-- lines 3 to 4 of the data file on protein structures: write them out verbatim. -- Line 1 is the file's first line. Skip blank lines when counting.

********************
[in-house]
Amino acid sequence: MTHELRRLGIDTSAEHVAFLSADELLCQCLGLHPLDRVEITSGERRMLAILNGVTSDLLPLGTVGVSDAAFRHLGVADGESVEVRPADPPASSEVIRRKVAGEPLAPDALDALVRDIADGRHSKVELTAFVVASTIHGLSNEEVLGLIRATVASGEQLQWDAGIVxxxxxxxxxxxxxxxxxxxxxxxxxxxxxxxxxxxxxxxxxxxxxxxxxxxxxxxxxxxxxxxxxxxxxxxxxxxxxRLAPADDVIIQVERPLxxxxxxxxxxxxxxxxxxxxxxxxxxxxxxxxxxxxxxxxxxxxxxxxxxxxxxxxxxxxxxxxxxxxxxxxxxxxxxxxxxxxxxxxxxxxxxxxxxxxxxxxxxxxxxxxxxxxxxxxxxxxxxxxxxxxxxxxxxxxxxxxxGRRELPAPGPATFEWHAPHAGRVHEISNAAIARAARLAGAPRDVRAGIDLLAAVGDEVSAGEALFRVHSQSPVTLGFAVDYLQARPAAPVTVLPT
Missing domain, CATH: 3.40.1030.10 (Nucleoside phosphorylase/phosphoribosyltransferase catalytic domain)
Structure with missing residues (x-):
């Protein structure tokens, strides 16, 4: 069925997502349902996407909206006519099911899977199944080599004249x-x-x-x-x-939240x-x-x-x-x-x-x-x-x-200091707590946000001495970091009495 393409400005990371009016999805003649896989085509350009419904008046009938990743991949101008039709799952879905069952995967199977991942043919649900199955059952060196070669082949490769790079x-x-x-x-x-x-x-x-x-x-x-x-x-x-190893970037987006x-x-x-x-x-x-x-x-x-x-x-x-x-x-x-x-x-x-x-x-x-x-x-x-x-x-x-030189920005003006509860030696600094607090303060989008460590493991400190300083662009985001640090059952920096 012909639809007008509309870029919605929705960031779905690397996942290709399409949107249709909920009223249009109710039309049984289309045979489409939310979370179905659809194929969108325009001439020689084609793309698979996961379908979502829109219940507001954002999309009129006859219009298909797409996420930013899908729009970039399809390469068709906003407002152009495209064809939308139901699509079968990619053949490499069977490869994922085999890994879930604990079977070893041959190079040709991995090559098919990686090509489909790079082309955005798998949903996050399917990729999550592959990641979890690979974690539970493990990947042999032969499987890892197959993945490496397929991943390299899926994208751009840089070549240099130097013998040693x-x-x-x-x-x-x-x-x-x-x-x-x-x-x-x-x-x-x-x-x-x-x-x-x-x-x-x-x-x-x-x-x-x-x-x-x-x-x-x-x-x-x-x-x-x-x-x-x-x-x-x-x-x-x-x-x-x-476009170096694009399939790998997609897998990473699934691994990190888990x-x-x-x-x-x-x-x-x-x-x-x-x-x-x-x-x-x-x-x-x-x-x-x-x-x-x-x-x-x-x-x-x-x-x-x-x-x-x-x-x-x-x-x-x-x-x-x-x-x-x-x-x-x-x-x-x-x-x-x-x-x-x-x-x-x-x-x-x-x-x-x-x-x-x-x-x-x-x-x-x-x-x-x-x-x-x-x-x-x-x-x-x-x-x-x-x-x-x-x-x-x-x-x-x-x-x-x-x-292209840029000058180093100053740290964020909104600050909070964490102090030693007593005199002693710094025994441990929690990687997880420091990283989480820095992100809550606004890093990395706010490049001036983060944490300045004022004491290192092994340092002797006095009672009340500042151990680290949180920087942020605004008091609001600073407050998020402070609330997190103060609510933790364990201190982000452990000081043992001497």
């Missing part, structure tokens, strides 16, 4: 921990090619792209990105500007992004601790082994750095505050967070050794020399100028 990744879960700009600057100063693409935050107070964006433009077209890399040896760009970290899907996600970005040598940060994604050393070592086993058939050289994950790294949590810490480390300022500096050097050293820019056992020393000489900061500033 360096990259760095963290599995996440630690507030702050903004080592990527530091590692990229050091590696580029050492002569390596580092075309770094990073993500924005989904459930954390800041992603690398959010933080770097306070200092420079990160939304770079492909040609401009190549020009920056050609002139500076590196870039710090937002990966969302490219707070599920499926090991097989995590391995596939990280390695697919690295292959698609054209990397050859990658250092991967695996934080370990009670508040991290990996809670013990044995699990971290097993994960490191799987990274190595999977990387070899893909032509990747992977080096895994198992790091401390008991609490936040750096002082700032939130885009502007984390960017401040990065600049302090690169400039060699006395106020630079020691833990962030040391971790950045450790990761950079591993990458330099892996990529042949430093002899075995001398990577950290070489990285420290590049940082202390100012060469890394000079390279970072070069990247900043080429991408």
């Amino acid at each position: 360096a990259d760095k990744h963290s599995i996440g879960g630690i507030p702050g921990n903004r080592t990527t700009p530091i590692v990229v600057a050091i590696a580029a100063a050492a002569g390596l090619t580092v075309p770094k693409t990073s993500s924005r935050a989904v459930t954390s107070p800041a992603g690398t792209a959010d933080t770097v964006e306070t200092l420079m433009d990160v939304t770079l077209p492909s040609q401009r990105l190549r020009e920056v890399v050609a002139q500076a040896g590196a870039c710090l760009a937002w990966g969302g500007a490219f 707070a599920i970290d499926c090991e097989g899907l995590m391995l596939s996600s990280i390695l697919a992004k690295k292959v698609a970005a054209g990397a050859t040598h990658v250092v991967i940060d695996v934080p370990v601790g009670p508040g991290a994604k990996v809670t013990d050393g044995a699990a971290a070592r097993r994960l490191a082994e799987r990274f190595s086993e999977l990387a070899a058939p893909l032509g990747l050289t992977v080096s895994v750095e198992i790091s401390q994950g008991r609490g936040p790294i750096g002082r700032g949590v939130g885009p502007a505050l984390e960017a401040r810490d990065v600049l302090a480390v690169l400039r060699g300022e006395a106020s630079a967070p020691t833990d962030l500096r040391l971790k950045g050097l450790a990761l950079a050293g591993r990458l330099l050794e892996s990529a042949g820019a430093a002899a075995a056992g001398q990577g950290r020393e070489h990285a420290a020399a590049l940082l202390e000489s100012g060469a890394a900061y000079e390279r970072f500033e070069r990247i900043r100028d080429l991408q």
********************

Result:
Missing domain, CATH: 3.40.1030.10 (Nucleoside phosphorylase/phosphoribosyltransferase catalytic domain)
Structure with missing residues (x-):